Thursday, September 15, 2016

Meaning in Malick's Knight of Cups

Many of you may have seen the new Terrence Malick film, Knight of Cups, starring Christian Bale. Since I’ve written about several of Malick’s other films in years past, I figured I’d continue the trend this year, as he is known to use excellent music as part of his compilation scores.

Knight of Cups draws from many pillars in classical music history, from Vaughan Williams, to Grieg, Pärt, and Debussy. But the one theme that struck me most comes from a lesser-known composer, Wojciech Kilar, whose Exodus captures the essence of what the film is all about.

Knight of Cups gets its title from the tarot card by the same name. When upright, it represents change, new and exciting life experiences, opportunity, and a person who is bored with life and searching for something more. If the card is seen upside down, it represents false promises and a person who doesn’t know the truth. The image used for the film shows Rick (Bale) upside down. Perhaps this has deeper meaning?

As is typical for a Malick film, Knight of Cups was improvised, for the most part, the actors not actually knowing the film’s synopsis. Throughout the film, there are references to the character Christian in John Bunyan’s The Pilgrim’s Progress, who travels through the ups and downs of life, journeying from his home to the Celestial City (symbolic of heaven). In the film, Rick travels his own journey, forgetting his true origins, and searching for his identity. The false hopes and materialistic pleasures of the world have distracted him and the entire film uses symbolism to point Rick back to the path he needs to follow. Harkening back to The Pilgrim’s Progress, Rick is stuck in the City of Vanity Fair, wandering through life, recalling fragmented memories from his past.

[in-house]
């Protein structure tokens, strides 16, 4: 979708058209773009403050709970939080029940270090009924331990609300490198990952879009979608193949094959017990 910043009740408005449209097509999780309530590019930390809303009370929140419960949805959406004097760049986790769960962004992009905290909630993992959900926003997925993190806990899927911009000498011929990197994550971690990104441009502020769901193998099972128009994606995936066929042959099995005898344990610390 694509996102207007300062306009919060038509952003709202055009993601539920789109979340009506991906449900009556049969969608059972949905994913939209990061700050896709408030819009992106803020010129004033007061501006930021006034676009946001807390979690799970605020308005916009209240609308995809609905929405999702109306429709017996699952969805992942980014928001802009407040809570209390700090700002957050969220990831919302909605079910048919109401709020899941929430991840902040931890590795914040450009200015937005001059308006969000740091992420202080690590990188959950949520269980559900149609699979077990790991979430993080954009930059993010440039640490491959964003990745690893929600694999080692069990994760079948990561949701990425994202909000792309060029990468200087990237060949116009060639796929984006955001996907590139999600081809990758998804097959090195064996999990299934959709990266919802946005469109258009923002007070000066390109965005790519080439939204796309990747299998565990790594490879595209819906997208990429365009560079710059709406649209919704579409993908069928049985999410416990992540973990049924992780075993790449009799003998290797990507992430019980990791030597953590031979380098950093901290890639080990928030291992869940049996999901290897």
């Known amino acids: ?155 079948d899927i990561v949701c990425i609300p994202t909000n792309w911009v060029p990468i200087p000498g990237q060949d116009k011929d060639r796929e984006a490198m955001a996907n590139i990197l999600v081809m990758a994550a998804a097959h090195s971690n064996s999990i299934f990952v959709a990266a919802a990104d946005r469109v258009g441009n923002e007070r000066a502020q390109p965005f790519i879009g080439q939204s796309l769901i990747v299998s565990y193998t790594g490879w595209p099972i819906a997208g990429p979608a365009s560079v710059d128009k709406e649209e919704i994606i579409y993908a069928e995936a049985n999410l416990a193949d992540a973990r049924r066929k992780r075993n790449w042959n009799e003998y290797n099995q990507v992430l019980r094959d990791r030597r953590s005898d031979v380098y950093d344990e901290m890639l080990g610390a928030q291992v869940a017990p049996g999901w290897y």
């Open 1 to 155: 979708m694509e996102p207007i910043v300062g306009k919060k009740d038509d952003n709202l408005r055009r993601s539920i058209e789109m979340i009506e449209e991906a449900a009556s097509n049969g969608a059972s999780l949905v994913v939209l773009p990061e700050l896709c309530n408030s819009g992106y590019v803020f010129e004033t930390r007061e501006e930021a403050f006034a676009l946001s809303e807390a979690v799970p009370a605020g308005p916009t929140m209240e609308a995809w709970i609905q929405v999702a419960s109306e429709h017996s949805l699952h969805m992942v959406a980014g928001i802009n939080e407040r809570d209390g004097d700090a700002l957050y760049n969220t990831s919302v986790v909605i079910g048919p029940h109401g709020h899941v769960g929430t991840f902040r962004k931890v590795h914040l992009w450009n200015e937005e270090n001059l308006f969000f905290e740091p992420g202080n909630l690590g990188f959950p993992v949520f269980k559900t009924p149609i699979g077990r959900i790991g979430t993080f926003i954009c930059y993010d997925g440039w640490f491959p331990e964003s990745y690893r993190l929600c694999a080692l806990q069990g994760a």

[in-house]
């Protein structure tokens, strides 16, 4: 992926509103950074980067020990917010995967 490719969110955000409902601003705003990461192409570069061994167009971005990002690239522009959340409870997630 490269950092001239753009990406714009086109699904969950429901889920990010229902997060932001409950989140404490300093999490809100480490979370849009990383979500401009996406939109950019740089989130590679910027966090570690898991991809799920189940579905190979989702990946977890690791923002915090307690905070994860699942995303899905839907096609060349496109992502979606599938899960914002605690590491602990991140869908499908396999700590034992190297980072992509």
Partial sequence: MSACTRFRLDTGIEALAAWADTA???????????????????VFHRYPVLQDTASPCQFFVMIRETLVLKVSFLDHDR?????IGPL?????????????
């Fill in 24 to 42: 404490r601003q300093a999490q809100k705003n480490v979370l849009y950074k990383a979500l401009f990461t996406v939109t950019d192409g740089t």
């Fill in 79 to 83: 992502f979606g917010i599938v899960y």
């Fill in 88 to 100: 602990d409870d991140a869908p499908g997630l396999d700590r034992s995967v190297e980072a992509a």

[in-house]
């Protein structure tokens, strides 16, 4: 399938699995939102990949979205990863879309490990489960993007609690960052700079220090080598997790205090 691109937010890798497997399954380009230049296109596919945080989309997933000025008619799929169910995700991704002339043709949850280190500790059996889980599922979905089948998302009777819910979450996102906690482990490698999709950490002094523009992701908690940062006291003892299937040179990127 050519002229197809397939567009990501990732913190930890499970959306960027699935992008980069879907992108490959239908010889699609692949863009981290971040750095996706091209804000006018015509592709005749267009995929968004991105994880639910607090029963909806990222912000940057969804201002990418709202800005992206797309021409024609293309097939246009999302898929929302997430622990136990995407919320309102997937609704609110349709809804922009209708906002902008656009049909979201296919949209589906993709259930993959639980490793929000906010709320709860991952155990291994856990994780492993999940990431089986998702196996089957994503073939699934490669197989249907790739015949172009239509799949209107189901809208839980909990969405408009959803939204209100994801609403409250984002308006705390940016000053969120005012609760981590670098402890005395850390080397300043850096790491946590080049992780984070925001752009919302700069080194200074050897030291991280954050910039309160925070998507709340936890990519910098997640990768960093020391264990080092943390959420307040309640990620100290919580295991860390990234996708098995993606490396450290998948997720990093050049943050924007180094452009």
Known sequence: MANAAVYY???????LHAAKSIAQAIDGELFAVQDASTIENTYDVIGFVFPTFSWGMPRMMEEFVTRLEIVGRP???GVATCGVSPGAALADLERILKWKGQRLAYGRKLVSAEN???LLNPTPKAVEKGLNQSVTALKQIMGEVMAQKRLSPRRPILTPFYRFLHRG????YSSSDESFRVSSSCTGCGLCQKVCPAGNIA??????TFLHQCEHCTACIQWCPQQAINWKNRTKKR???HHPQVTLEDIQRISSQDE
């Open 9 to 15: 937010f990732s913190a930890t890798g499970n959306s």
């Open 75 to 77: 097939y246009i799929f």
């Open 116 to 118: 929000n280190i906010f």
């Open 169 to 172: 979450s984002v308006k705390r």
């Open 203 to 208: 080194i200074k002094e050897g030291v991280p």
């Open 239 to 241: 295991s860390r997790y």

Knight of Cups is divided into chapters, each with the title of a tarot card (except for the last). This last chapter is entitled “Freedom” and shows the innocent Isabel helping Rick find a way to move forward on his journey to the “Celestial City.” While earlier in the film, Malick shows Rick driving through tunnels to nowhere, the final scene shows him driving with purpose toward the horizon. Perhaps he’s found his identity?

Now before I get too carried away with my interpretations of the film’s plot, let’s turn back to Wojciech Kilar’s Exodus. The title alone relates to the overall theme of the film, as Rick is on his own “exodus” from the emptiness of Hollywood, a modern Egypt, if you will. Kilar wrote this beautiful piece for choir and orchestra and based it on the Biblical book of Exodus. The text, found near the end of the piece, refers to Miriam’s song of praise after God delivered the Israelites from the hands of the Egyptians. Just as Rick travels from his world of sin and bondage toward finding freedom, the Israelites traveled from their own world of bondage in Egypt to the freedom found in the Promised Land.




Have you seen Knight of Cups? If so, do you find Kilar’s Exodus an effective addition to Malick’s compilation score? 

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